“We're marking the first change in influenza vaccine manufacturing in the United States in 50 years,” Robin Robinson, director of the Biomedical Advanced Research and Development Authority in HHS' Office of the Assistant Secretary for Preparedness and Response, said in the news release. “The pandemic readiness of this facility is a major milestone in national preparedness for pandemic influenza and other diseases.”
The site will use a new technology that uses cultured animal cells rather than fertilized eggs, a process that can be scaled up faster when responding to a pandemic, according to a Novartis news release. HHS said the technology may also be adapted and used to manufacture cell-based vaccines for other emerging infectious diseases in an emergency.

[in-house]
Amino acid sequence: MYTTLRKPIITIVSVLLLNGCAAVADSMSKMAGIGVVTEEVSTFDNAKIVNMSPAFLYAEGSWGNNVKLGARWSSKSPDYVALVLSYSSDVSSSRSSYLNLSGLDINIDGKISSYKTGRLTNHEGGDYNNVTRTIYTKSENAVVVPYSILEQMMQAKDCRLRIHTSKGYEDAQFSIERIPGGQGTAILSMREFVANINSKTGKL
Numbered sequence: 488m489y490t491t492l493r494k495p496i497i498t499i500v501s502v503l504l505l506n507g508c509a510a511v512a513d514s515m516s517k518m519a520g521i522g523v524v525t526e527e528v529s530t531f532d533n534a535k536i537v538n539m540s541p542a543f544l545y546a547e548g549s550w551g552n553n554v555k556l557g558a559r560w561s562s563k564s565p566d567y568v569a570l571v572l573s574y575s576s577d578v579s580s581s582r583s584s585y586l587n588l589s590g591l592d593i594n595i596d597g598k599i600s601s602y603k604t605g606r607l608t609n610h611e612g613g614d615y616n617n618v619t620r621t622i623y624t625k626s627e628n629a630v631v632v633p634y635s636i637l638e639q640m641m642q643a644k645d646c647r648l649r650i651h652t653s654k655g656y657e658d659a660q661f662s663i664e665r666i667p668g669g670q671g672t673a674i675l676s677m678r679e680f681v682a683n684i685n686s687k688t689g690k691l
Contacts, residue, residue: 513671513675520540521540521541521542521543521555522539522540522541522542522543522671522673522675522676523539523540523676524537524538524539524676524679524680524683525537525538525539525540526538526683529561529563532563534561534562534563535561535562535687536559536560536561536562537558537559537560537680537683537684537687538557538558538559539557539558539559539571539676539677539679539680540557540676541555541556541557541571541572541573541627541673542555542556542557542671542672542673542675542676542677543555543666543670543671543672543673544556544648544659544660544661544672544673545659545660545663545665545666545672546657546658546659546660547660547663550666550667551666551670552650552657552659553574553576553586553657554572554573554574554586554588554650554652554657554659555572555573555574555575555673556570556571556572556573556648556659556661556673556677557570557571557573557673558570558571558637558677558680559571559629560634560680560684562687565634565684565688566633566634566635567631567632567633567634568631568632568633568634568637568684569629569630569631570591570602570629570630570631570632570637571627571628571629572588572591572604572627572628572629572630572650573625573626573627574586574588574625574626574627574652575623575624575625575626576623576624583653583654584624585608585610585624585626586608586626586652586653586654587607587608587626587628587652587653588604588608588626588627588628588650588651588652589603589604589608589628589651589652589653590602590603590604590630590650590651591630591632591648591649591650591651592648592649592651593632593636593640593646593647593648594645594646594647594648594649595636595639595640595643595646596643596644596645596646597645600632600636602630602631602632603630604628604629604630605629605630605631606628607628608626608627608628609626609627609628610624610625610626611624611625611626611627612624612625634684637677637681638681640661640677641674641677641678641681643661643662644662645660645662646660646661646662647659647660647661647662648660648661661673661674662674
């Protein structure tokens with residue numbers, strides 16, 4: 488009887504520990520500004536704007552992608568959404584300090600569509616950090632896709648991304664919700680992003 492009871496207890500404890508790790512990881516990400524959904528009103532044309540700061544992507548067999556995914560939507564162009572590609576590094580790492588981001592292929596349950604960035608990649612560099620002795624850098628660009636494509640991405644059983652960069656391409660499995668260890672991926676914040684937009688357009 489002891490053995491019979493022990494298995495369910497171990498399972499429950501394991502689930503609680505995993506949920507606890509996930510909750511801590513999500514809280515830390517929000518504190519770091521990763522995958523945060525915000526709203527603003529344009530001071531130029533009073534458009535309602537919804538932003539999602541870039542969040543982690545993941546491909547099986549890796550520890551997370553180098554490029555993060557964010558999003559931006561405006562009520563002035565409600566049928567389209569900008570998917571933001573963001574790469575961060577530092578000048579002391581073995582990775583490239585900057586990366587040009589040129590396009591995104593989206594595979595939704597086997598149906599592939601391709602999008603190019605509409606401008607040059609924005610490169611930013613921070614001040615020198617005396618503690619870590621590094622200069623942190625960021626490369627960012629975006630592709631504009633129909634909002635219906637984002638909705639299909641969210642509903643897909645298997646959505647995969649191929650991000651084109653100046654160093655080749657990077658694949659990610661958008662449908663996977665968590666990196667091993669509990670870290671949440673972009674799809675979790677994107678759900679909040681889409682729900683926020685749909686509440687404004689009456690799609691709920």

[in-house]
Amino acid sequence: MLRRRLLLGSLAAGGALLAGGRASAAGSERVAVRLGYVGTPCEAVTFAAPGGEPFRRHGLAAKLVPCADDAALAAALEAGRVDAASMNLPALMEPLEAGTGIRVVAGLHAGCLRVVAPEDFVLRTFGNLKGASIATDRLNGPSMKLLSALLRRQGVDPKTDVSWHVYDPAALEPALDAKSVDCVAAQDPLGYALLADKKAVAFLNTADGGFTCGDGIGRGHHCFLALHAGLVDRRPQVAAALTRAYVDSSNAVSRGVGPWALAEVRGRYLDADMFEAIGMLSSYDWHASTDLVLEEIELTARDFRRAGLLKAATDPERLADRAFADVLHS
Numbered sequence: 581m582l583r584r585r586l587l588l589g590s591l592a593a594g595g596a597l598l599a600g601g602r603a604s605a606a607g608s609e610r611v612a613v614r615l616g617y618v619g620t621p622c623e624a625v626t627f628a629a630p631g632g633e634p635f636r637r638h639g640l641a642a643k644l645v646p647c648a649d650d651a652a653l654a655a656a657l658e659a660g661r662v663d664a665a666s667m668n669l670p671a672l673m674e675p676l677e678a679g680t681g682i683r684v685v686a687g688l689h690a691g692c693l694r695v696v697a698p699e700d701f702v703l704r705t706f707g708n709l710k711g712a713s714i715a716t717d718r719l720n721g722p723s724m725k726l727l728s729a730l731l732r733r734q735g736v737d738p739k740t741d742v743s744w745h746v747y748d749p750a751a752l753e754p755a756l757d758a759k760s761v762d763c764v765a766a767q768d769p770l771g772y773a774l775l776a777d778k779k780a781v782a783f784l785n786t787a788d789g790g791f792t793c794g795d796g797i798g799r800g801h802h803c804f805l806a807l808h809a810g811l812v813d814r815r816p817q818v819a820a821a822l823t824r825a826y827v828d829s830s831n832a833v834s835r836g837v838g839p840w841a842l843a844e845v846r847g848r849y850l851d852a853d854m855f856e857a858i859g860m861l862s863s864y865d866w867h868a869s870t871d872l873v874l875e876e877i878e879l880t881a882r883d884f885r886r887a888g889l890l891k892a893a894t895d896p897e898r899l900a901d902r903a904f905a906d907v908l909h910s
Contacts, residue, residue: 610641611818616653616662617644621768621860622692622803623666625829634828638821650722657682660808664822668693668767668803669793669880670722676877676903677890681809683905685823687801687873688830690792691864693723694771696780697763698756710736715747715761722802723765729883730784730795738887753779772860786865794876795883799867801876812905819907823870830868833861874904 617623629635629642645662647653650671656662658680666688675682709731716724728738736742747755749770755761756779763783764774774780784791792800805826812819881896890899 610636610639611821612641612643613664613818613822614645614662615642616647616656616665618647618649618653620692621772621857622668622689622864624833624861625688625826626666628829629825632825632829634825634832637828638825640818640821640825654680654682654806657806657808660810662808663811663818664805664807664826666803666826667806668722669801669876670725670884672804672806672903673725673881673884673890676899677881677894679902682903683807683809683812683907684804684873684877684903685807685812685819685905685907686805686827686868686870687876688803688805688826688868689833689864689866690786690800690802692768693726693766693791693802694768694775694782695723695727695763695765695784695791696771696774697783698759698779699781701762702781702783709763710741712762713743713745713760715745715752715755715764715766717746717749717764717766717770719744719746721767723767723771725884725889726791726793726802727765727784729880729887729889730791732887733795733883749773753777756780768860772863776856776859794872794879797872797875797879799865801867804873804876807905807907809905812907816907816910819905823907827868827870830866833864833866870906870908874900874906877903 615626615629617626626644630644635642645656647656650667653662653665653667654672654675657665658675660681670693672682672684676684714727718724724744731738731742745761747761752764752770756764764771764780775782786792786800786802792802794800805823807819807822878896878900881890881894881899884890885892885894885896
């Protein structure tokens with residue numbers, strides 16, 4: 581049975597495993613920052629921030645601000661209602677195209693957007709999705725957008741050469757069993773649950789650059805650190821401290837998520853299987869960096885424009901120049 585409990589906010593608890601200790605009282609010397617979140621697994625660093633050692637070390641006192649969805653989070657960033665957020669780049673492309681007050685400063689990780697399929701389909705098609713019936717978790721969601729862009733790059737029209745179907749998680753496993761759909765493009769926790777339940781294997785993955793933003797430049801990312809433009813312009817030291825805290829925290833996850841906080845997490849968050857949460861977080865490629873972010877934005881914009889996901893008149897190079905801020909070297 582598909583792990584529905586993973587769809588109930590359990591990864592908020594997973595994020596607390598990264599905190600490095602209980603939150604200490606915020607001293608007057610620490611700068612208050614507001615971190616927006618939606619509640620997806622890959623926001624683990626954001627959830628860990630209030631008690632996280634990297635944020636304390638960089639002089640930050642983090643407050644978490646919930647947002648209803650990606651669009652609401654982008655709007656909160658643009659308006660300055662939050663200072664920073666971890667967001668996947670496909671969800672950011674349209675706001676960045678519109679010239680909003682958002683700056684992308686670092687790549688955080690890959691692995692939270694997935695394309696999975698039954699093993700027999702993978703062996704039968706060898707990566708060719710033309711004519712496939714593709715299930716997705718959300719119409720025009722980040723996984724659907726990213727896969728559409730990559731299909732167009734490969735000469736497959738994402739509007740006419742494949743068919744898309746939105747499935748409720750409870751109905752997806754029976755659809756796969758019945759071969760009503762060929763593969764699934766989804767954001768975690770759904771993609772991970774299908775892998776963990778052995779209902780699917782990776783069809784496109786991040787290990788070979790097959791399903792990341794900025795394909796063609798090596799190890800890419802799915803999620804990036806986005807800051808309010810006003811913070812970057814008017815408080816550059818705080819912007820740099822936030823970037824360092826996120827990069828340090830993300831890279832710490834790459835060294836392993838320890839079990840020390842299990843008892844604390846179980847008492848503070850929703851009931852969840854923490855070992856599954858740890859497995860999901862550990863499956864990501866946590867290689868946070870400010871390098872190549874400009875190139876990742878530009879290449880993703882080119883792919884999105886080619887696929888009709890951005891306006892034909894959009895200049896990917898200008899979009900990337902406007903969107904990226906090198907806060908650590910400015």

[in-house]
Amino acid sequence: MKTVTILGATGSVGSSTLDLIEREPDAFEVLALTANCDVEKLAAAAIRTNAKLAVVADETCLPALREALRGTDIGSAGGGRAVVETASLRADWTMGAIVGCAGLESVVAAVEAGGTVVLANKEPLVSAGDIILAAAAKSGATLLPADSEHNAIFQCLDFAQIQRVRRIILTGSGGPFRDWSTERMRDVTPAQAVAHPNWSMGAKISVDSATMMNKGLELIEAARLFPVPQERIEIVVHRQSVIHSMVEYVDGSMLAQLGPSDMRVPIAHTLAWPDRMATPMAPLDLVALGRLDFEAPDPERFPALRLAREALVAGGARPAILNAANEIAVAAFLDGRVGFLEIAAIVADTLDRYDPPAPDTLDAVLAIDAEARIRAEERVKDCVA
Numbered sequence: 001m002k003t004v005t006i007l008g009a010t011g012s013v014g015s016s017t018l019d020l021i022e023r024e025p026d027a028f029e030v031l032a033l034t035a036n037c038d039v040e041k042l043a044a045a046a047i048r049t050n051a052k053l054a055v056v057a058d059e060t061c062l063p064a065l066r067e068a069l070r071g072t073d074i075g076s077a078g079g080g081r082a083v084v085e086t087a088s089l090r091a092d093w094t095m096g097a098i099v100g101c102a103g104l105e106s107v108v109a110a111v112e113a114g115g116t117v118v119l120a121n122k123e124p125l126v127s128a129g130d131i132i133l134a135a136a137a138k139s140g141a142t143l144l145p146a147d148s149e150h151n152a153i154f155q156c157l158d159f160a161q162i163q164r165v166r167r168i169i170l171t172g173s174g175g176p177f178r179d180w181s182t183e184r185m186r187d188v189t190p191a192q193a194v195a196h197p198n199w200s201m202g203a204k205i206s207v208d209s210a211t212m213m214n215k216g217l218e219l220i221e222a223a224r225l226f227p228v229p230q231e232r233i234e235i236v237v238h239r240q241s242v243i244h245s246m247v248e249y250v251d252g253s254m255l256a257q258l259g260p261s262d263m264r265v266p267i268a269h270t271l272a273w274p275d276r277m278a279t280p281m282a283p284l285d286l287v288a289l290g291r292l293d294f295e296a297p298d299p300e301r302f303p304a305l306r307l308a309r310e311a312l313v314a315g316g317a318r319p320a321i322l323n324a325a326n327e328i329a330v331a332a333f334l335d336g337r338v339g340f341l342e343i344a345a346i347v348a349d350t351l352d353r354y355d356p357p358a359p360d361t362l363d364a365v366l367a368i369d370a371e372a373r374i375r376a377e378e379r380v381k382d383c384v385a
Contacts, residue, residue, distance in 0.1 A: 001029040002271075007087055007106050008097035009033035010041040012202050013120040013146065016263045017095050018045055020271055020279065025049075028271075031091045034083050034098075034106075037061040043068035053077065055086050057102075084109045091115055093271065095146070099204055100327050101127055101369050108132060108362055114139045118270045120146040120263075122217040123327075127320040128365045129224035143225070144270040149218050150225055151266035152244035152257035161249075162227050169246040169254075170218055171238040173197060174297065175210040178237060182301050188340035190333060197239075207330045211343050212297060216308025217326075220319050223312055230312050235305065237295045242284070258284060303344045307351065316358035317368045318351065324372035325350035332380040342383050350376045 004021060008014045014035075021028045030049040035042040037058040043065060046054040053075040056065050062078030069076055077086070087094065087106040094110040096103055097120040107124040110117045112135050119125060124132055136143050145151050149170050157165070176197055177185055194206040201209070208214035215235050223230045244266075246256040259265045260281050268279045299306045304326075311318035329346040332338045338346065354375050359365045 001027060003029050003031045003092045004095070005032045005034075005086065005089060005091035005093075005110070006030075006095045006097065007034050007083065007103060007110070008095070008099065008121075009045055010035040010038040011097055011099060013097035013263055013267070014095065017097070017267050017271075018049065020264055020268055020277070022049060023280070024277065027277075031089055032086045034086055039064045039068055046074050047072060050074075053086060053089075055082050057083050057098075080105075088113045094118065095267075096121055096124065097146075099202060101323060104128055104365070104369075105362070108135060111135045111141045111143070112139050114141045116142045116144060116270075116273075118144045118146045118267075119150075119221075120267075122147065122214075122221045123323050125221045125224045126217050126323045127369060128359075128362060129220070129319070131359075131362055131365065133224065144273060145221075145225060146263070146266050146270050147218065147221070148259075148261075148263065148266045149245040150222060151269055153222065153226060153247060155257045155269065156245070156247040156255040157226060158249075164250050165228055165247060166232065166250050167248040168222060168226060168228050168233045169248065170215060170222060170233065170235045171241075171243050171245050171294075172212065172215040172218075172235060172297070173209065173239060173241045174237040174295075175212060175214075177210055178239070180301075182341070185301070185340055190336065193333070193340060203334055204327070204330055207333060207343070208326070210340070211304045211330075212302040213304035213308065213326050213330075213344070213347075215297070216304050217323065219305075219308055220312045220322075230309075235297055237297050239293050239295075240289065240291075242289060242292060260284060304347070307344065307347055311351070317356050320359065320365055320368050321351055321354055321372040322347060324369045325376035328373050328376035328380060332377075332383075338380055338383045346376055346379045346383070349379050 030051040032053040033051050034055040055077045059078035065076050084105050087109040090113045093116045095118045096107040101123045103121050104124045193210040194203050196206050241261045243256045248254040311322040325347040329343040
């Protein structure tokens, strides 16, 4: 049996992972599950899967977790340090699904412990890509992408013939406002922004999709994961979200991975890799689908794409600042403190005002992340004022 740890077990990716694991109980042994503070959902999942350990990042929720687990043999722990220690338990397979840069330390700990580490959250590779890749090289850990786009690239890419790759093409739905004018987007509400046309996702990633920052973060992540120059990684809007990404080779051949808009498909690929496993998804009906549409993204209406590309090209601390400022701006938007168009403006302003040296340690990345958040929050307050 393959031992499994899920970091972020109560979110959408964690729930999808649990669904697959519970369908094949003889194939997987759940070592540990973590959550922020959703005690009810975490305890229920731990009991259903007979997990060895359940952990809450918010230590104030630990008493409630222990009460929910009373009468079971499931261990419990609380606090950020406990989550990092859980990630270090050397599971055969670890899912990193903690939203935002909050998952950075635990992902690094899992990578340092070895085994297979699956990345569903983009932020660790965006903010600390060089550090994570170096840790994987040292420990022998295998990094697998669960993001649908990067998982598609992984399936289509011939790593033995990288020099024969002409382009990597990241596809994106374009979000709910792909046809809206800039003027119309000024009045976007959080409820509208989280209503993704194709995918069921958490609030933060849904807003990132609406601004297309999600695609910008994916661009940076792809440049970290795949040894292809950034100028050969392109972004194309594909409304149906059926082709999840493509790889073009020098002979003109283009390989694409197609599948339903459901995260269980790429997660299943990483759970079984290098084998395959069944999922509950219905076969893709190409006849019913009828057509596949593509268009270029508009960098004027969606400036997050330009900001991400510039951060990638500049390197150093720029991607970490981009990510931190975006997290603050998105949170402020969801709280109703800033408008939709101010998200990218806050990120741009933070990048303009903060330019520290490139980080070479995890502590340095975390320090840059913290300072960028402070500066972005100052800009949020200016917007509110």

In a 2010 report, HHS announced a new medical countermeasures strategy and said the government would invest $2 billion to fund its efforts.
HHS and Novartis are also partnering with Rockville, Md.-based Synthetic Genomics Vaccines to develop technologies that can short the manufacturing timeline and with North Carolina State University to train scientists from outside the U.S. to use the new cell-based technology.
Novartis was awarded the $487 million contract in 2009. Construction on the plant is expected to be completed in 2012.